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The Play: Chapter 41

DEMI

I’m in shock. My entire body is ice-cold and trembling like a leaf in a windstorm. My eyes are blinking and in focus, but I don’t see anything. My ears are working but no sounds register. When I exit the front doors of Bristol House and spot Hunter and my father standing off to the side, I assume they’re not real. A figment of my imagination, a product of my shock. So I keep walking with my arm around TJ.

“Demi.”

I stop. Because that did sound real. That sounded like my father.

But the cops are now closing in on us, distracting me from my dad. TJ looks as shocked as I feel, panic swamping his eyes when one of the officers tries to lead him toward the ambulance.

“I don’t need to go to the hospital,” he protests. “Demi.”

“Yes, you do,” I say quietly, giving him a tight squeeze. “You need to talk to somebody about what happened tonight.”

“I talked to you.”

He did, but I’ve done as much as I can. The fact that he seriously contemplated suicide and took action to try to implement it, is beyond my capabilities. Plus, he has no choice but to go to the hospital. They’ll probably admit him into the psych ward and keep him under observation for seventy-two hours to ensure he doesn’t harm himself or others.

“I’ll come and see you the moment I can,” I assure him. “I promise.”

That gets me a weak nod. He’s in a total daze as he follows the cop toward the waiting ambulance.

I turn around, and the next thing I know, my father’s huge arms envelop me whole. I was already having trouble breathing. Now I’m choking.

“Dad, please,” I wheeze desperately. “I can’t breathe.”

It’s with great reluctance that he releases me and sets me on my feet. I blink and then I’m being hugged again, not as violently as before but with an equal amount of emotion.

“You have no idea how worried we were,” Hunter says hoarsely.

Dad makes a guttural noise as he nods in grim agreement.

“I don’t understand,” I say slowly. “Why are you here?”

“Someone snapped a picture of you on the roof and a bunch of people are tweeting about it,” Hunter explains.

“No, not you.” I stare at my father. “Why are you here? Why aren’t you in Boston?”

“I came to…” He stops for a beat, and Hunter smoothly finishes his sentence.

“To see you.”

My dad smiles wryly. “No, kid, I don’t need you to cover my ass.” He shrugs. “I came here to tell him to stop seeing you.”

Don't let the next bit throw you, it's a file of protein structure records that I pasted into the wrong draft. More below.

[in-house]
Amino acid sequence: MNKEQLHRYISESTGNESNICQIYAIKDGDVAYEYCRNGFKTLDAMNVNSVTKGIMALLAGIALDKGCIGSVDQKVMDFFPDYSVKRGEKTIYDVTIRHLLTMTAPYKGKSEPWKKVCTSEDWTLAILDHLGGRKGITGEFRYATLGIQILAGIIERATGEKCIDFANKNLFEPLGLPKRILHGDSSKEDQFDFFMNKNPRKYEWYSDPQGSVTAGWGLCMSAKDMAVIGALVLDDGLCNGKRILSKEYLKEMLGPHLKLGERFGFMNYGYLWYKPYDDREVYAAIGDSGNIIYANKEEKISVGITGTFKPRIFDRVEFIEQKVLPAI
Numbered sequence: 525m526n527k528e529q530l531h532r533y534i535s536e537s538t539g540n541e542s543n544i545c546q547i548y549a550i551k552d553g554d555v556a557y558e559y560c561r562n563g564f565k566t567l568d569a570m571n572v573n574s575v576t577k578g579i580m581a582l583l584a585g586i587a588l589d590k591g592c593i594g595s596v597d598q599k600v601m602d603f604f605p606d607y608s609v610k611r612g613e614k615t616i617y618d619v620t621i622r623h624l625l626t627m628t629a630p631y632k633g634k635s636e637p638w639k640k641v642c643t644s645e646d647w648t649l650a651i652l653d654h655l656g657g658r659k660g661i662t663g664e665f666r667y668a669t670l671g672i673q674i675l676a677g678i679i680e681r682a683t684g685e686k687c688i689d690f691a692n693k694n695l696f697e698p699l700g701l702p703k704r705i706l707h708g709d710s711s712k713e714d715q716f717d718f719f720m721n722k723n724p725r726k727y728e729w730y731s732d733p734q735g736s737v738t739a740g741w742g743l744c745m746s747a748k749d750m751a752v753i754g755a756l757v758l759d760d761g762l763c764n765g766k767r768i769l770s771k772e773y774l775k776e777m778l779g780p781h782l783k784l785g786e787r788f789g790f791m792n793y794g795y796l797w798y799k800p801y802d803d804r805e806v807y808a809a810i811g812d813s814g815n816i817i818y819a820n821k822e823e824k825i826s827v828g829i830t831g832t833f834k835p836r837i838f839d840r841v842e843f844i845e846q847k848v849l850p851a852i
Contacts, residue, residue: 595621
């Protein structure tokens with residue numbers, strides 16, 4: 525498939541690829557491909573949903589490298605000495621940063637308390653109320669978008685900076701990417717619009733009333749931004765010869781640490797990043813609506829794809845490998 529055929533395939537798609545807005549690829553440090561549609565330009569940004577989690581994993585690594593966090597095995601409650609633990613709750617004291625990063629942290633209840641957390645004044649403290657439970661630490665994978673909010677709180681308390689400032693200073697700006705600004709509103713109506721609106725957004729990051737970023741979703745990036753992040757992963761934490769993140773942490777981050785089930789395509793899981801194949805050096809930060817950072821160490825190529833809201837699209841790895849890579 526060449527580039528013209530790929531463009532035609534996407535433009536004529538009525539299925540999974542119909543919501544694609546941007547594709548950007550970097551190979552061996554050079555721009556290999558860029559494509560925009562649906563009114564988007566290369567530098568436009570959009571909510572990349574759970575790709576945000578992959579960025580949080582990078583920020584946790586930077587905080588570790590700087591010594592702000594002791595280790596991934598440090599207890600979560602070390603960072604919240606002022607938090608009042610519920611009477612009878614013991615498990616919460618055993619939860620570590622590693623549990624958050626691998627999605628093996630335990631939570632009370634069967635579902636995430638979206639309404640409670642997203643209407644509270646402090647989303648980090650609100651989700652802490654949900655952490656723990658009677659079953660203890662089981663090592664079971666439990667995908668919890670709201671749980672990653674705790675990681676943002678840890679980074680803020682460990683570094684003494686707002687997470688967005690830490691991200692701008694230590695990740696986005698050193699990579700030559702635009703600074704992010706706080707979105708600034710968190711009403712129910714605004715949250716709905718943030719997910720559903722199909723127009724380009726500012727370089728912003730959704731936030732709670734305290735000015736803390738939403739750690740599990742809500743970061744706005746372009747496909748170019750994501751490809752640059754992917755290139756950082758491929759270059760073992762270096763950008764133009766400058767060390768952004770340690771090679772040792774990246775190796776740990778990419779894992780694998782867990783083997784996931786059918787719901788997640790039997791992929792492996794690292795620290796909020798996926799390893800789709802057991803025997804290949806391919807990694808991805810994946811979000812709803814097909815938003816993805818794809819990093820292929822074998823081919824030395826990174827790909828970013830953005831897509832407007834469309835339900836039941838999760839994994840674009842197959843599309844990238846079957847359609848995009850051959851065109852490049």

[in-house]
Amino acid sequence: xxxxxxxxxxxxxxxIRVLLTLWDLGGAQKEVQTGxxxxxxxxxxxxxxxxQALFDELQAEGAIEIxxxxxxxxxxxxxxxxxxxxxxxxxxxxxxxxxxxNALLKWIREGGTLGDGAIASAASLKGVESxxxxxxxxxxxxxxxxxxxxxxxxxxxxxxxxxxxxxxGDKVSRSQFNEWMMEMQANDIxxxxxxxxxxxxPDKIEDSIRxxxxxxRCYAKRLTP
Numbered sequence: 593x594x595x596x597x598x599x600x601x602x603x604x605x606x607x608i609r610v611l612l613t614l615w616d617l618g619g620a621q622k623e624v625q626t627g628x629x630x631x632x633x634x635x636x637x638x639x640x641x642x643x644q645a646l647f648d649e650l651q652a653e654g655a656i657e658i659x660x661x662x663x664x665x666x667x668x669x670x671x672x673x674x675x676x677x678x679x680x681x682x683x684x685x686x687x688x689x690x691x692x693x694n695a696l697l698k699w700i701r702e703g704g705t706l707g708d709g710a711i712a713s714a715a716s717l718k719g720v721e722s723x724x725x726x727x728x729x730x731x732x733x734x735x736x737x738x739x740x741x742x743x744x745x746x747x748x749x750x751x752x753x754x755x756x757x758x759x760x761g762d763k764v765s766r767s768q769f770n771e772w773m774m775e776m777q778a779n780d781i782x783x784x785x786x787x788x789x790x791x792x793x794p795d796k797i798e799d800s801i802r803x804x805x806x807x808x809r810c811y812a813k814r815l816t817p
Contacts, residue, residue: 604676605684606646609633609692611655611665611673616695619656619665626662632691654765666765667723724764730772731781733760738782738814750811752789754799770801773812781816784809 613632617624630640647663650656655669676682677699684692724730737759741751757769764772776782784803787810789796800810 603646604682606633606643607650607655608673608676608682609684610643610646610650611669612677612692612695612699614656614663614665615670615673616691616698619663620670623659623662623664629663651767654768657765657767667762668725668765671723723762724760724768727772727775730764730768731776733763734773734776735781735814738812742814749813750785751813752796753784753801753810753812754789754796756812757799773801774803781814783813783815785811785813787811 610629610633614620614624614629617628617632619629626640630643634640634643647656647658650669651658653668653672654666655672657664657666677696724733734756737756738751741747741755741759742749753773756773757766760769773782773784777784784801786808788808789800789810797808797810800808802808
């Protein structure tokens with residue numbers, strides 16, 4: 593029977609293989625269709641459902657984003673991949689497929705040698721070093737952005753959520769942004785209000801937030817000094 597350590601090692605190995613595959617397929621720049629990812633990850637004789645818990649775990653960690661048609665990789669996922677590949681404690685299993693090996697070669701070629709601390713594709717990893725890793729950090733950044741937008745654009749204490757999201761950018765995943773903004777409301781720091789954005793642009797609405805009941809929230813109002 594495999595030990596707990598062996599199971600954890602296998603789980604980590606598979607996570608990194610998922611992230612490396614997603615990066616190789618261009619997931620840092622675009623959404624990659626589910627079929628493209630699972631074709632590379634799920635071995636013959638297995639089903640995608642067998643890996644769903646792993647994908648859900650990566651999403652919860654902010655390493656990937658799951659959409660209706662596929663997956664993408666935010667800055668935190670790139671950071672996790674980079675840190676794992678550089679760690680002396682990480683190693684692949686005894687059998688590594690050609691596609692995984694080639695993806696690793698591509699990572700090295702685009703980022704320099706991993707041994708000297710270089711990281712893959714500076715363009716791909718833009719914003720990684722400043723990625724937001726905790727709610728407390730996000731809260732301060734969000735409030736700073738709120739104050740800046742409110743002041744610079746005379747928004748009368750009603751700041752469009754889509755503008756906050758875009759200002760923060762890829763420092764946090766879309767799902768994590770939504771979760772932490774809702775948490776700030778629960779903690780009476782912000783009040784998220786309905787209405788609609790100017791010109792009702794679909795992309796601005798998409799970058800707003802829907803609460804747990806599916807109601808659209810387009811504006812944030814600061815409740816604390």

Dad.” My jaw drops.

“I know, sweetheart. I’m sorry. I just…” He drags a hand over his bald skull. “You’re my baby girl. You’d just had your heart broken and I didn’t want it to happen again. Nico hurt you, and then I saw who you went out and picked right afterward?” He tips his head at Hunter. “Rich boy, hotshot athlete? In my experience those two qualities indicate a player. Seemed like a recipe for another broken heart,” he growls protectively, “and I wasn’t gonna let that happen to you.”

“I’m sure you had the best intentions, but Hunter’s not a player. And like I told you earlier, we’re together now, and you’re just going to have to deal with it. You could either make this hard on everyone, or you could accept that this is my new boyfriend. And yes he’s a rich hockey player, but—oh my fucking God!” I suddenly burst out.

“Demi, language.”

My upset gaze swings toward Hunter, and for the first time in five minutes I realize he’s wearing the lower half of his hockey uniform. “What are you doing here? What time is it?” I scramble to get my phone out of my pocket. “It’s eight-thirty! Your game started at eight!”

“Yeah, I know.”

His careless shrug triggers another rush of panic. “Then why aren’t you playing? What the fuck are you doing here?”

“Language.”

“Dad, I swear to God!”

Hunter’s lips twitch as he reaches for my hand. “Babe. Do you honestly think I would just suit up and play hockey while you’re standing on a ledge a hundred feet off the ground—”

“Fifty feet—”